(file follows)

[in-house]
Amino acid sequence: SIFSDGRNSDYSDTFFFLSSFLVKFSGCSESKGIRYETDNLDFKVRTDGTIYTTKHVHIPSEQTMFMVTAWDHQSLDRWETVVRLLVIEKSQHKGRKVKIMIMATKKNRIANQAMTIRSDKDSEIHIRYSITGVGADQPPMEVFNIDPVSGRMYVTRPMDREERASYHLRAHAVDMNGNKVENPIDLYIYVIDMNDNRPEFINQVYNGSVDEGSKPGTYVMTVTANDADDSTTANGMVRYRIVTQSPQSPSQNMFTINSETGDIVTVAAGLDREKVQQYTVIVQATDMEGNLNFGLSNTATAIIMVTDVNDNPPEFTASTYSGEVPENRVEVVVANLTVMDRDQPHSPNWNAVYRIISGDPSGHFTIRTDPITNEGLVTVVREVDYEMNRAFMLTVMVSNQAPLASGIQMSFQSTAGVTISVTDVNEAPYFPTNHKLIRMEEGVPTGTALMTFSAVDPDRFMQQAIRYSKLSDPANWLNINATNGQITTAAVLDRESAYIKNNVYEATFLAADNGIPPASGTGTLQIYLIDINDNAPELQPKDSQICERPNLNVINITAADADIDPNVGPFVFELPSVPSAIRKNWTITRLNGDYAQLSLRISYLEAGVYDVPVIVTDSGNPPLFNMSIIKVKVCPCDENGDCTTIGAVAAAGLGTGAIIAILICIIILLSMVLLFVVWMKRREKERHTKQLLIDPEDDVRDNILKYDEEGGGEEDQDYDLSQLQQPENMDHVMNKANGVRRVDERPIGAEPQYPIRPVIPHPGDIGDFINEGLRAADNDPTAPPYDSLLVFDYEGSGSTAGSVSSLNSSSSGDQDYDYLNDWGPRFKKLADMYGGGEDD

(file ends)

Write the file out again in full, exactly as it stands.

[in-house]
Amino acid sequence: SIFSDGRNSDYSDTFFFLSSFLVKFSGCSESKGIRYETDNLDFKVRTDGTIYTTKHVHIPSEQTMFMVTAWDHQSLDRWETVVRLLVIEKSQHKGRKVKIMIMATKKNRIANQAMTIRSDKDSEIHIRYSITGVGADQPPMEVFNIDPVSGRMYVTRPMDREERASYHLRAHAVDMNGNKVENPIDLYIYVIDMNDNRPEFINQVYNGSVDEGSKPGTYVMTVTANDADDSTTANGMVRYRIVTQSPQSPSQNMFTINSETGDIVTVAAGLDREKVQQYTVIVQATDMEGNLNFGLSNTATAIIMVTDVNDNPPEFTASTYSGEVPENRVEVVVANLTVMDRDQPHSPNWNAVYRIISGDPSGHFTIRTDPITNEGLVTVVREVDYEMNRAFMLTVMVSNQAPLASGIQMSFQSTAGVTISVTDVNEAPYFPTNHKLIRMEEGVPTGTALMTFSAVDPDRFMQQAIRYSKLSDPANWLNINATNGQITTAAVLDRESAYIKNNVYEATFLAADNGIPPASGTGTLQIYLIDINDNAPELQPKDSQICERPNLNVINITAADADIDPNVGPFVFELPSVPSAIRKNWTITRLNGDYAQLSLRISYLEAGVYDVPVIVTDSGNPPLFNMSIIKVKVCPCDENGDCTTIGAVAAAGLGTGAIIAILICIIILLSMVLLFVVWMKRREKERHTKQLLIDPEDDVRDNILKYDEEGGGEEDQDYDLSQLQQPENMDHVMNKANGVRRVDERPIGAEPQYPIRPVIPHPGDIGDFINEGLRAADNDPTAPPYDSLLVFDYEGSGSTAGSVSSLNSSSSGDQDYDYLNDWGPRFKKLADMYGGGEDD